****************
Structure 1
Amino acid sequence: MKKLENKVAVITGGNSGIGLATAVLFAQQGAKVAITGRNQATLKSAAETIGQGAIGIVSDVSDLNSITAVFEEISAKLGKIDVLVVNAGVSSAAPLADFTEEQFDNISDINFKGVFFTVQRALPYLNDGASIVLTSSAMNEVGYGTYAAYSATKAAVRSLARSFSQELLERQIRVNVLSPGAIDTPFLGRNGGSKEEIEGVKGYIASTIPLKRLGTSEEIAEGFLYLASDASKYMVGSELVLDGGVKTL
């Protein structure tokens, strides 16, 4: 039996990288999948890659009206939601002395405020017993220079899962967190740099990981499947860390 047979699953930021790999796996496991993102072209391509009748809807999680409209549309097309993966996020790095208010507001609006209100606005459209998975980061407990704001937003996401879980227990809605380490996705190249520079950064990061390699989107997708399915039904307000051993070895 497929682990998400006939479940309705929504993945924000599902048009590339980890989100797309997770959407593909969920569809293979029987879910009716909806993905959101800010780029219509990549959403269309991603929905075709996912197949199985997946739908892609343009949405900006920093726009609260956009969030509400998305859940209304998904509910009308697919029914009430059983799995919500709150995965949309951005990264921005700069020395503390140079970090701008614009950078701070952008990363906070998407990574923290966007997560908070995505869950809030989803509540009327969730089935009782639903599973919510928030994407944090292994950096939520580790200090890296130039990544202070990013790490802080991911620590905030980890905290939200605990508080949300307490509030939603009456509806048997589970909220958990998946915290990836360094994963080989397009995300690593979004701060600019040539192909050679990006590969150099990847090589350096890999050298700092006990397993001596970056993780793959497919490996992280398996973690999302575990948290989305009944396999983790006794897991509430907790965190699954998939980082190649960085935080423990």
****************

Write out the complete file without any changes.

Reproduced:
Structure 1
Amino acid sequence: MKKLENKVAVITGGNSGIGLATAVLFAQQGAKVAITGRNQATLKSAAETIGQGAIGIVSDVSDLNSITAVFEEISAKLGKIDVLVVNAGVSSAAPLADFTEEQFDNISDINFKGVFFTVQRALPYLNDGASIVLTSSAMNEVGYGTYAAYSATKAAVRSLARSFSQELLERQIRVNVLSPGAIDTPFLGRNGGSKEEIEGVKGYIASTIPLKRLGTSEEIAEGFLYLASDASKYMVGSELVLDGGVKTL
């Protein structure tokens, strides 16, 4: 039996990288999948890659009206939601002395405020017993220079899962967190740099990981499947860390 047979699953930021790999796996496991993102072209391509009748809807999680409209549309097309993966996020790095208010507001609006209100606005459209998975980061407990704001937003996401879980227990809605380490996705190249520079950064990061390699989107997708399915039904307000051993070895 497929682990998400006939479940309705929504993945924000599902048009590339980890989100797309997770959407593909969920569809293979029987879910009716909806993905959101800010780029219509990549959403269309991603929905075709996912197949199985997946739908892609343009949405900006920093726009609260956009969030509400998305859940209304998904509910009308697919029914009430059983799995919500709150995965949309951005990264921005700069020395503390140079970090701008614009950078701070952008990363906070998407990574923290966007997560908070995505869950809030989803509540009327969730089935009782639903599973919510928030994407944090292994950096939520580790200090890296130039990544202070990013790490802080991911620590905030980890905290939200605990508080949300307490509030939603009456509806048997589970909220958990998946915290990836360094994963080989397009995300690593979004701060600019040539192909050679990006590969150099990847090589350096890999050298700092006990397993001596970056993780793959497919490996992280398996973690999302575990948290989305009944396999983790006794897991509430907790965190699954998939980082190649960085935080423990």